The Art Treasures Found in a 1200-Year-Old Arab Shipwreck
When Marco Polo first brought porcelain from China to Europe, in the 14th century, the Venetian merchant was around five centuries behind Middle Eastern traders. As early as the 9th century, Arab cities had developed a taste for Chinese porcelain wares, commissioning all kinds of vessels from Tang Dynasty China, which even at that early date had developed techniques for the full-scale mass production of ceramics.
While it’s ancient history, we’ve only learned relatively recently of the extent of trade between the two civilizations, thanks to an Arab cargo ship packed with porcelain that sank en route from China to the Persian Gulf in the 9th century. Discovered by commercial sea cucumber divers in 1998 off the coast of Indonesia, the shipwreck was full of well-preserved contents, a selection of which go on view in the U.S. for the first time ever in “Secrets of the Sea: A Tang Shipwreck and Early Trade in Asia” at the Asia Society in New York from March 7th.
It’s not entirely surprising that trade flourished between the two areas during this time. China’s Tang Dynasty and the Abbasid Caliphate in the Middle East were two notoriously vibrant and open cultures with cosmopolitan populations and vigorous trade networks. “What this entire enterprise proves is that while Europe was almost in the dark ages, so to speak, within Asia you had these two great empires and cultures having this kind of renaissance, and trade was part of that,” says Asia Society Museum director Boon Hui Tan. “This term globalization is actually a very old concept in Asia.”
For a long time, the Silk Road across the continent was believed to have been the primary connection between eastern and western Asia. But we now know—thanks in part to the Belitung, as the shipwreck is known—that the maritime route through the Strait of Malacca, the narrow strip of sea snaking around the Indonesian island of Sumatra, linking the Pacific and Indian Oceans, was equally as important.
It was treacherous, however, full of shallow waters and reefs. It’s believed that the ship hit one of these reefs, lost its hull, and dropped its heavy contents, which sank to the shallow ocean floor rather than scattering through the sea. Carefully packed and able to settle into the sand, the 60,000-some items were relatively intact when a commercial German excavation team, hired by the Indonesian government, pulled them from the water in the late ’90s.
First exhibited in 2005 in Singapore, which purchased the contents from the excavation company, the artifacts were destined for display at the Smithsonian’s Sackler Gallery in 2011. That is, until archeologists and scientists demanded that the institution cancel the show, claiming that it would sully the Smithsonian’s reputation because the commercial excavation was conducted too hastily and not in accordance with academic standards—and hence could have led to the destruction of valuable information.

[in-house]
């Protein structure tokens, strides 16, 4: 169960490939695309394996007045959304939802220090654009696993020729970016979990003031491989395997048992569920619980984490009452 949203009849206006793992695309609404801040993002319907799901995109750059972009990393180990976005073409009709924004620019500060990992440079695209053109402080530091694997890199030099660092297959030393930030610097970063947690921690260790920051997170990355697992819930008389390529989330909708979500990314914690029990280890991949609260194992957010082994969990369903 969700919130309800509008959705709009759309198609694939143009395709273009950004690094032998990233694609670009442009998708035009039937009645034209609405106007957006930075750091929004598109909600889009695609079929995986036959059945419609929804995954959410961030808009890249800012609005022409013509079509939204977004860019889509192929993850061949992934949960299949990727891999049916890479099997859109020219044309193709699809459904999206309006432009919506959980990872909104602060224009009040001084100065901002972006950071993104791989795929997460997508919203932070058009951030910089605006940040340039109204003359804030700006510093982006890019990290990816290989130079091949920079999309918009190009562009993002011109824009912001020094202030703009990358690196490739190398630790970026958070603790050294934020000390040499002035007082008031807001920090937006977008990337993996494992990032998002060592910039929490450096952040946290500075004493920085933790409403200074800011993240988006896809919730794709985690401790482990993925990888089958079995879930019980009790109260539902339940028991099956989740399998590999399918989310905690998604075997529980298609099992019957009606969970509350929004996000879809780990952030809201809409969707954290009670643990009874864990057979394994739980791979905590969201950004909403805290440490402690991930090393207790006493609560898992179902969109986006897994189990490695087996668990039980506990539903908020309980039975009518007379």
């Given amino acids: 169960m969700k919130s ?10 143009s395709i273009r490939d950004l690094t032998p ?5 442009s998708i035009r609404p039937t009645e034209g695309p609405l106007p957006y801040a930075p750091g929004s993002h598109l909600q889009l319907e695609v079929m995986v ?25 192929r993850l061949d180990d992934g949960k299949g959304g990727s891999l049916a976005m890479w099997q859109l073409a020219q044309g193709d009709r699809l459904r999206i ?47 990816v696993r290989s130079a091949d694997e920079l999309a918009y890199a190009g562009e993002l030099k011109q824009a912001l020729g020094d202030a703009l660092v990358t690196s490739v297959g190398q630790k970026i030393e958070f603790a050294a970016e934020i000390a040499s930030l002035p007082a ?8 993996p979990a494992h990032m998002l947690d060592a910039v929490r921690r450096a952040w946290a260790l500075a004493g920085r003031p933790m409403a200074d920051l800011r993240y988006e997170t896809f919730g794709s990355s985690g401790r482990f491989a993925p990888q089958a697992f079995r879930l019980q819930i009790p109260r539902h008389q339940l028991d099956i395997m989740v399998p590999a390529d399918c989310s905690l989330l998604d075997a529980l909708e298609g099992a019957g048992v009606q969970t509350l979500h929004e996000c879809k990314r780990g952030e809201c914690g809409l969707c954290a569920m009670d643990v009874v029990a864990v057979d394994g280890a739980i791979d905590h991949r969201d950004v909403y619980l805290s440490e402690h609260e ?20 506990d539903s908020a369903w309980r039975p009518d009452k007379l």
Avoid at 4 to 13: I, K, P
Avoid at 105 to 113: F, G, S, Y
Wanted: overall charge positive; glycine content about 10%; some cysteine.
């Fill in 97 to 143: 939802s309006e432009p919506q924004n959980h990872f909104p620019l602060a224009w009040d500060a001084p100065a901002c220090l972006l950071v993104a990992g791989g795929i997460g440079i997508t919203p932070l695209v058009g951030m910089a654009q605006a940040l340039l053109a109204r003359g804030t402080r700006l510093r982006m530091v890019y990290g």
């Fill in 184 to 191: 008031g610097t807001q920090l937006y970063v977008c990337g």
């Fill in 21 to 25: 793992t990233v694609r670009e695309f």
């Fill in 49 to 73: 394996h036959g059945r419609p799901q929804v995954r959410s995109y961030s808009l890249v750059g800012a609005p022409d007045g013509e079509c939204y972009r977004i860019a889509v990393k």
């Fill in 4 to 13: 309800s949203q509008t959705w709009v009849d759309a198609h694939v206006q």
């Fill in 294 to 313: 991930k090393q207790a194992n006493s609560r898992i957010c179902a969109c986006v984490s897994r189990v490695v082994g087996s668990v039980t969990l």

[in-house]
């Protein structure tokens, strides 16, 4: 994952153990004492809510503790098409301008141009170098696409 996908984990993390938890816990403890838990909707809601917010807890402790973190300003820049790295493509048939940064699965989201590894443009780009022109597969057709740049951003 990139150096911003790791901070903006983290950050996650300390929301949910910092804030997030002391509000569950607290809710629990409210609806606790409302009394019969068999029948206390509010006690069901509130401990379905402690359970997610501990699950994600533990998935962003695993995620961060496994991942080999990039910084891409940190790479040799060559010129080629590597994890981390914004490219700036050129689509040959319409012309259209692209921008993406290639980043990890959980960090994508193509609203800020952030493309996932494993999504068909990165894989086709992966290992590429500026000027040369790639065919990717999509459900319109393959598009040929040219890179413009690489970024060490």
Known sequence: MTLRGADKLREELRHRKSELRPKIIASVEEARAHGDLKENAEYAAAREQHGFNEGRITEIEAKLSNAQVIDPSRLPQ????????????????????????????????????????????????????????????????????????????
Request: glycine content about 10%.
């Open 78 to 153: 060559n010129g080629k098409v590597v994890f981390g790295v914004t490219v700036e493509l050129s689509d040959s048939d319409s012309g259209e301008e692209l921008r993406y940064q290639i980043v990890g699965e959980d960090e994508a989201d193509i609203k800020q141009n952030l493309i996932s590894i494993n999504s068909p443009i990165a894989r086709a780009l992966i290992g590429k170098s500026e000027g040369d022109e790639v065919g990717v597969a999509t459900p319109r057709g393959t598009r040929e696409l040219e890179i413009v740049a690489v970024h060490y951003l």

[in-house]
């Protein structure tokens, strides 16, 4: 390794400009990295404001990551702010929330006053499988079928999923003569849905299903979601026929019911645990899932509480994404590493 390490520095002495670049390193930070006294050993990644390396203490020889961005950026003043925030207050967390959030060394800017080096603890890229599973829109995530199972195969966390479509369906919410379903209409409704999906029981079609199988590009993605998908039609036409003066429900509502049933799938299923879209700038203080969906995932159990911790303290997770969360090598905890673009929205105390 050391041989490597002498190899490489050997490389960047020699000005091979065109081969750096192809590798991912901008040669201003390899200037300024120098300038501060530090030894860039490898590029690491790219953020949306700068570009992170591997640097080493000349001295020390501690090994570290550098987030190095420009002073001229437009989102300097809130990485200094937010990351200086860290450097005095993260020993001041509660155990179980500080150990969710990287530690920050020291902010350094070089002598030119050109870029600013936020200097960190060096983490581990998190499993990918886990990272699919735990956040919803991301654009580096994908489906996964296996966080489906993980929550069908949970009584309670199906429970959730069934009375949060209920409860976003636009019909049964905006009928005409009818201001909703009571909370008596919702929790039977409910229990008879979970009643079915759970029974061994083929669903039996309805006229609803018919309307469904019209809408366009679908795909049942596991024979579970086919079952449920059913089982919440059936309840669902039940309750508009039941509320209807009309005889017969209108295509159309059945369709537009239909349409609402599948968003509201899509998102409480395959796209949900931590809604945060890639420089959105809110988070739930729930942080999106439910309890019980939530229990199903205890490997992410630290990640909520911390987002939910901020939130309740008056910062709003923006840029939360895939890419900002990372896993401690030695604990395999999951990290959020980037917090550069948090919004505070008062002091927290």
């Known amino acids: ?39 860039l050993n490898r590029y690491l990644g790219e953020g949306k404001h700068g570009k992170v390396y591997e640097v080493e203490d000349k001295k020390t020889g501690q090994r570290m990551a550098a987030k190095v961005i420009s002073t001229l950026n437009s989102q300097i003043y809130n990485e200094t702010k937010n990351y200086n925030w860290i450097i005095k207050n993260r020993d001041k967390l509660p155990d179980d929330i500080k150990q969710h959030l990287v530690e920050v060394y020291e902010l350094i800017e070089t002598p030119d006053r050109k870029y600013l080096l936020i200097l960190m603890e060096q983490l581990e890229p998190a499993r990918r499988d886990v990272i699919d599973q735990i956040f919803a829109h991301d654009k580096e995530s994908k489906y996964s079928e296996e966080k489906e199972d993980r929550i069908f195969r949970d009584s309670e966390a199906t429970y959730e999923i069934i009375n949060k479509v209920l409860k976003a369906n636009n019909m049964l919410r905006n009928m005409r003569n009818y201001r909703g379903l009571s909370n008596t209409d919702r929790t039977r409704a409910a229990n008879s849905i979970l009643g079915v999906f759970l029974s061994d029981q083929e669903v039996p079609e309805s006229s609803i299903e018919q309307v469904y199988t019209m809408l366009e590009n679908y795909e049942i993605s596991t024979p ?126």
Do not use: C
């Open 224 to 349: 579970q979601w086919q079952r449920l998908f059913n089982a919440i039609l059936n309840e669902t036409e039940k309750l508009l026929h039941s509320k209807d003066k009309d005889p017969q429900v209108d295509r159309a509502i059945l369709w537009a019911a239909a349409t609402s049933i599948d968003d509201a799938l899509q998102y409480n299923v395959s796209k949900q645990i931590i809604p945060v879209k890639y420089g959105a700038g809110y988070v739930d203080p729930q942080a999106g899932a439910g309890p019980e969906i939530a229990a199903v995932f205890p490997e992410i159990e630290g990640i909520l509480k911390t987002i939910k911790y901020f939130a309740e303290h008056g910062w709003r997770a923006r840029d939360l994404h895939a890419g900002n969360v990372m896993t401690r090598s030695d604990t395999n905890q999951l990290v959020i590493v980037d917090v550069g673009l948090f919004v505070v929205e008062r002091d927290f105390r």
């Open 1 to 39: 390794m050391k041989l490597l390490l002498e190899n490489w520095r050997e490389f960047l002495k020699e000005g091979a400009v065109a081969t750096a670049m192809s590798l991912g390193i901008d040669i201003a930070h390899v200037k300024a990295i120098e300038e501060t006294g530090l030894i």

But some information is better than none, and the Asia Society is embracing the opportunity to show the public the archaeological finds, while remaining sensitive to the problems with for-profit excavations. “The Belitung is one of the most significant archaeological finds in recent history,” says Tan. “We believe that American audiences should have the opportunity to see this material, which has transformed our understanding of intra-Asian trade and the scale and nature of globalization in Asia over a thousand years ago. The exhibition and programming also provide an opportunity to discuss these issues.”
One of the more striking revelations from the ship is that trade between the two cultures was a two-way street. The cobalt that appears in the three blue-and-white porcelain chargers, for instance, was brought to China from the Middle East as a raw material, used by Chinese artisans, and then sent back to Arab consumers. It’s clear, says Tan, that the wares were not just purchased from China, but ordered by Arab consumers. The objects reflect West Asian taste rather than Chinese, although they are undoubtedly hybrids of the cultures, combining Chinese techniques with Islamic patterns and forms.
“There is a lot of customization in the products we found,” says Tan. “While they wanted Chinese greenware or whiteware, they wanted it to their taste.” The animal head on a large glazed stoneware ewer (ca. 825–850), for instance, is typical of Islamic metalwork, he says, as are some of the foliate patterns on the plates. Curiously, the gold objects are the most Chinese in terms of style, indicating, says Tan, that they were likely not made for export.
While a more elite consumer would likely have commissioned items like the rare large ewer, the majority of the items, says Tan, were probably destined for a more middle class customer. Among those more common items are the many examples of Changsha ceramics, a type of Tang Dynasty earthenware with an iron-brown underglaze, made in mass quantities in Hunan Province.
“But all of these items would only have been for a certain strata of society,” Tan points out. “You had to have the means to order them and then wait a year to receive them, since the ship had to go there and come back. And it was also accepted that not everything would make it back.”